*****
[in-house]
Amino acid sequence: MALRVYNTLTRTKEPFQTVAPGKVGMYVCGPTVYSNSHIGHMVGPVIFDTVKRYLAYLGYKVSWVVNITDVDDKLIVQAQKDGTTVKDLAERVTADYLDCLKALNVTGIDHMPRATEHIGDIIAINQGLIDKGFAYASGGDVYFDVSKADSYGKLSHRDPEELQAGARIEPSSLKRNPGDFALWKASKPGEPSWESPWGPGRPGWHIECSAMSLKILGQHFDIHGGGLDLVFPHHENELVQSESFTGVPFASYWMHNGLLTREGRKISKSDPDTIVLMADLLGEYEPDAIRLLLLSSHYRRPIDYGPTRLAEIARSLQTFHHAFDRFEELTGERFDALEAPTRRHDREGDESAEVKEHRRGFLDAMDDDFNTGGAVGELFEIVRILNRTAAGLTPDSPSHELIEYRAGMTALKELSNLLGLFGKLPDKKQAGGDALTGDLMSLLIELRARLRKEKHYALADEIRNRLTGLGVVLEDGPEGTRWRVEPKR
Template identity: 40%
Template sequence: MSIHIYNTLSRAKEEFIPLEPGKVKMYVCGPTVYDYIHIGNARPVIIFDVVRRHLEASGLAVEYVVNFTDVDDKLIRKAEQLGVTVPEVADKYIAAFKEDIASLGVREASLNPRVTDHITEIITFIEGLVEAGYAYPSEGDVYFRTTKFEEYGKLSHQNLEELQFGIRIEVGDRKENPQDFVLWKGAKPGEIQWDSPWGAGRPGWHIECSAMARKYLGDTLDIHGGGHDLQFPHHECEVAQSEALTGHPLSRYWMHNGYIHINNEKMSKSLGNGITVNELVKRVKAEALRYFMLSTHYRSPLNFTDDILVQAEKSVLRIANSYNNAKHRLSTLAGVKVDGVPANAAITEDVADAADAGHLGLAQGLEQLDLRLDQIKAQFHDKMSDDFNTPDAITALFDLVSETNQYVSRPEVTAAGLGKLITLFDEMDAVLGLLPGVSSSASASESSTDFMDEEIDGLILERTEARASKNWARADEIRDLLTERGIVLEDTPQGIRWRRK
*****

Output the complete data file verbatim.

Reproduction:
[in-house]
Amino acid sequence: MALRVYNTLTRTKEPFQTVAPGKVGMYVCGPTVYSNSHIGHMVGPVIFDTVKRYLAYLGYKVSWVVNITDVDDKLIVQAQKDGTTVKDLAERVTADYLDCLKALNVTGIDHMPRATEHIGDIIAINQGLIDKGFAYASGGDVYFDVSKADSYGKLSHRDPEELQAGARIEPSSLKRNPGDFALWKASKPGEPSWESPWGPGRPGWHIECSAMSLKILGQHFDIHGGGLDLVFPHHENELVQSESFTGVPFASYWMHNGLLTREGRKISKSDPDTIVLMADLLGEYEPDAIRLLLLSSHYRRPIDYGPTRLAEIARSLQTFHHAFDRFEELTGERFDALEAPTRRHDREGDESAEVKEHRRGFLDAMDDDFNTGGAVGELFEIVRILNRTAAGLTPDSPSHELIEYRAGMTALKELSNLLGLFGKLPDKKQAGGDALTGDLMSLLIELRARLRKEKHYALADEIRNRLTGLGVVLEDGPEGTRWRVEPKR
Template identity: 40%
Template sequence: MSIHIYNTLSRAKEEFIPLEPGKVKMYVCGPTVYDYIHIGNARPVIIFDVVRRHLEASGLAVEYVVNFTDVDDKLIRKAEQLGVTVPEVADKYIAAFKEDIASLGVREASLNPRVTDHITEIITFIEGLVEAGYAYPSEGDVYFRTTKFEEYGKLSHQNLEELQFGIRIEVGDRKENPQDFVLWKGAKPGEIQWDSPWGAGRPGWHIECSAMARKYLGDTLDIHGGGHDLQFPHHECEVAQSEALTGHPLSRYWMHNGYIHINNEKMSKSLGNGITVNELVKRVKAEALRYFMLSTHYRSPLNFTDDILVQAEKSVLRIANSYNNAKHRLSTLAGVKVDGVPANAAITEDVADAADAGHLGLAQGLEQLDLRLDQIKAQFHDKMSDDFNTPDAITALFDLVSETNQYVSRPEVTAAGLGKLITLFDEMDAVLGLLPGVSSSASASESSTDFMDEEIDGLILERTEARASKNWARADEIRDLLTERGIVLEDTPQGIRWRRK